The main alternative to the common-sense view of time is known as eternalism, or block time. According to this approach, there is no objective present moment, nor any lapse of time.11 Although advocates of eternalism acknowledge that we all have an apparent experience of the passage of time, they take this temporal experience to be illusionary. In the context of eternalism, the fourth premise is obviously false; therefore Gödel’s conclusion is also false. But this response introduces other complications; and in particular, accounting for the experience of time’s passage without any physical lapse of time. This has proven to be extremely difficult and remains a major impediment to eternalism’s broader acceptance. Nevertheless, recently published explanations for the experience of time’s passage within this framework are encouraging.12 Describing these explanations in sufficient detail would be a step too far beyond the current discussion and will have to wait for another time!

Peter Riggs

Peter Riggs is a physicist and philosopher of science in the Department of Quantum Science at The Australian National University.

  1. Kurt Gödel, “An Example of a New Type of Cosmological Solutions of Einstein’s Field Equations of Gravitation,” Reviews of Modern Physics 21, no. 3 (1949): 447–50. Reprinted in Kurt Gödel, Collected Works Volume II: Publications 1938–1974, eds. Solomon Feferman et al. (Oxford: Oxford University Press, 1990), 190–98. 
  2. Daniela Saadeh et al., “How Isotropic is the Universe?” Physical Review Letters 117, no. 13 (2016), doi:10.1103/PhysRevLett.117.131302. 
  3. Kip Thorne, Black Holes and Time Warps: Einstein’s Outrageous Legacy (New York: W.W. Norton, 1994); J. Richard Gott, Time Travel in Einstein’s Universe: The Physical Possibilities of Travel Through Time (Boston: Houghton Mifflin, 2001); Brian Clegg, Build Your Own Time Machine: The Real Science of Time Travel (London: Duckworth Overlook Pubs., 2011); Jim Al-Khalili, Black Holes, Wormholes & Time Machines, 2nd edn (Boca Raton, FL: CRC Press, 2012). 
  4. John Earman et al., “Do the Laws of Physics Forbid the Operation of Time Machines?” Synthese 169 (2009): 91–124.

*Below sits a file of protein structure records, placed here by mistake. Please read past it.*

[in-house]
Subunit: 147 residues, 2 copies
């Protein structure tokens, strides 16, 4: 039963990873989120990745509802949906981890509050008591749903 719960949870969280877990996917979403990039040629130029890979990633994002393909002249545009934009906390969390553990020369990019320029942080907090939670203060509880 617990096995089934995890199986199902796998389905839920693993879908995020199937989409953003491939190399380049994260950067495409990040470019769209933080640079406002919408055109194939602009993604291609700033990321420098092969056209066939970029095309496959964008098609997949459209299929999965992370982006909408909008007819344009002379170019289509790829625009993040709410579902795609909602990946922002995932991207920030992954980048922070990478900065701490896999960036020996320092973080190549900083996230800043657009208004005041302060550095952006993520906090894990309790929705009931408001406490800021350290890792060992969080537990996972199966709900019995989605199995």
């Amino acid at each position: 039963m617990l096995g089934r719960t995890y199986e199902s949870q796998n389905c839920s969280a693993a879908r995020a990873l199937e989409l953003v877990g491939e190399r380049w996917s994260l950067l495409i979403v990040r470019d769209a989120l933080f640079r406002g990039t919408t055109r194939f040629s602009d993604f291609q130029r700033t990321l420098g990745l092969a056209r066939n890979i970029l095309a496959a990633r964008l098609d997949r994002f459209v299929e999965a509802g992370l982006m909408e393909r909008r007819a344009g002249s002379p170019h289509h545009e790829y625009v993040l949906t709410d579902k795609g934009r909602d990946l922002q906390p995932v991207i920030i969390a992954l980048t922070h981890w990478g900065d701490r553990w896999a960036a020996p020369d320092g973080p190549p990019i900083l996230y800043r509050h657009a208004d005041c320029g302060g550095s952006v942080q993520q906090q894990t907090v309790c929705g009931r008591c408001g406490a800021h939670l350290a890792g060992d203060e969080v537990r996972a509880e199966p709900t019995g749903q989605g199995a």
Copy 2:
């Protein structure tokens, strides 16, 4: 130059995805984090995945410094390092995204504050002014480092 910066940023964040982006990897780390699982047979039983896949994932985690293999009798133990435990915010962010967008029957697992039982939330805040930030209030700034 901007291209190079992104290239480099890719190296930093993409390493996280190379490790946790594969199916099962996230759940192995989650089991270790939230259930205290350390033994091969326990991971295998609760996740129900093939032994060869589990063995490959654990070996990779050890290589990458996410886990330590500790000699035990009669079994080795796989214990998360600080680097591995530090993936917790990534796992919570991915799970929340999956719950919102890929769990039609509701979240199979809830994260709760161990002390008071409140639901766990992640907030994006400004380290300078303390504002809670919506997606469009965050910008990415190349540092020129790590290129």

5. In light of the summary of Gödel’s model provided in Richmond’s essay and the volume of published literature devoted to time travel and its alleged paradoxes, this letter will not discuss further the existence of closed timelike worldlines. The reader is instead referred to the following references:
    • Nicholas Smith, “Bananas Enough for Time Travel?” British Journal for the Philosophy of Science 48 (1997): 363–89;
    • Peter Riggs, “The Principal Paradox of Time Travel,” Ratio X (1997): 49–64;
    • Paul Nahin, Time Machines: Time Travel in Physics, Metaphysics and Science Fiction, 2nd edn (New York: American Institute of Physics, 1999);
    • David King, “Time Travel and Self-Consistency,” Ratio XII (1999): 271–78;
    • Jenann Ismael, “Closed Causal Loops and the Bilking Argument,” Synthese 136 (2003): 305–20;
    • David Horacek, “Time Travel in Indeterministic Worlds,” The Monist 88 (2005): 423–36;
    • Christopher Smeenk and Christian Wüttrich, “Time Travel and Time Machines” in The Oxford Handbook of Philosophy of Time, ed. Craig Callender (Oxford: Oxford University Press, 2011);
    • Douglas Kutach, “Time Travel and Time Machines” in A Companion to the Philosophy of Time, eds. Adrian Bardon and Heather Dyke (Chichester: Wiley-Blackwell, 2013);
    • Giuliano Torrengo, “Time Travel and Coincidence-Free Local Dynamical Theories,” Synthese (2017), doi:10.1007/s11229-017-1433-9.
  6. Barry Dainton, Time and Space, 2nd edn. (Durham: Acumen, 2010), 13–25. 
  7. John Earman, Bangs, Crunches, Whimpers, and Shrieks: Singularities and Acausalities in Relativistic Spacetimes (New York: Oxford University Press, 1995), 22. 
  8. Kurt Gödel, “A Remark about the Relationship Between Relativity Theory and Idealistic Philosophy” in Albert Einstein: Philosopher-Scientist, ed. Paul A. Schilpp (Evanston, IL: Library of Living Philosophers, 1949), 557–62. Reprinted in Kurt Gödel, Collected Works Volume II: Publications 1938–1974, eds. Solomon Feferman et al. (Oxford: Oxford University Press, 1990), 202–207. 
  9. See, for example: John Earman, Bangs, Crunches, Whimpers, and Shrieks: Singularities and Acausalities in Relativistic Spacetimes (New York: Oxford University Press, 1995), 196–200. 
  10. Dennis Dieks, “Becoming, Relativity and Locality” in The Ontology of Spacetime, ed. Dennis Dieks (Amsterdam: Elsevier, 2006), 172–73. 
  11. Barry Dainton, Time and Space, 2nd edn. (Durham, U.K.: Acumen, 2010), 27–43. 
  12. Simon Prosser, Experiencing Time (Oxford: Oxford University Press, 2016); Peter Riggs, “The Perceptions and Experience of the “Passage” of Time,” Philosophical Forum 48 (2017): 3–30; Giuliano Torrengo, “Feeling the Passing of Time,” Journal of Philosophy CXIV (2017): 165–88.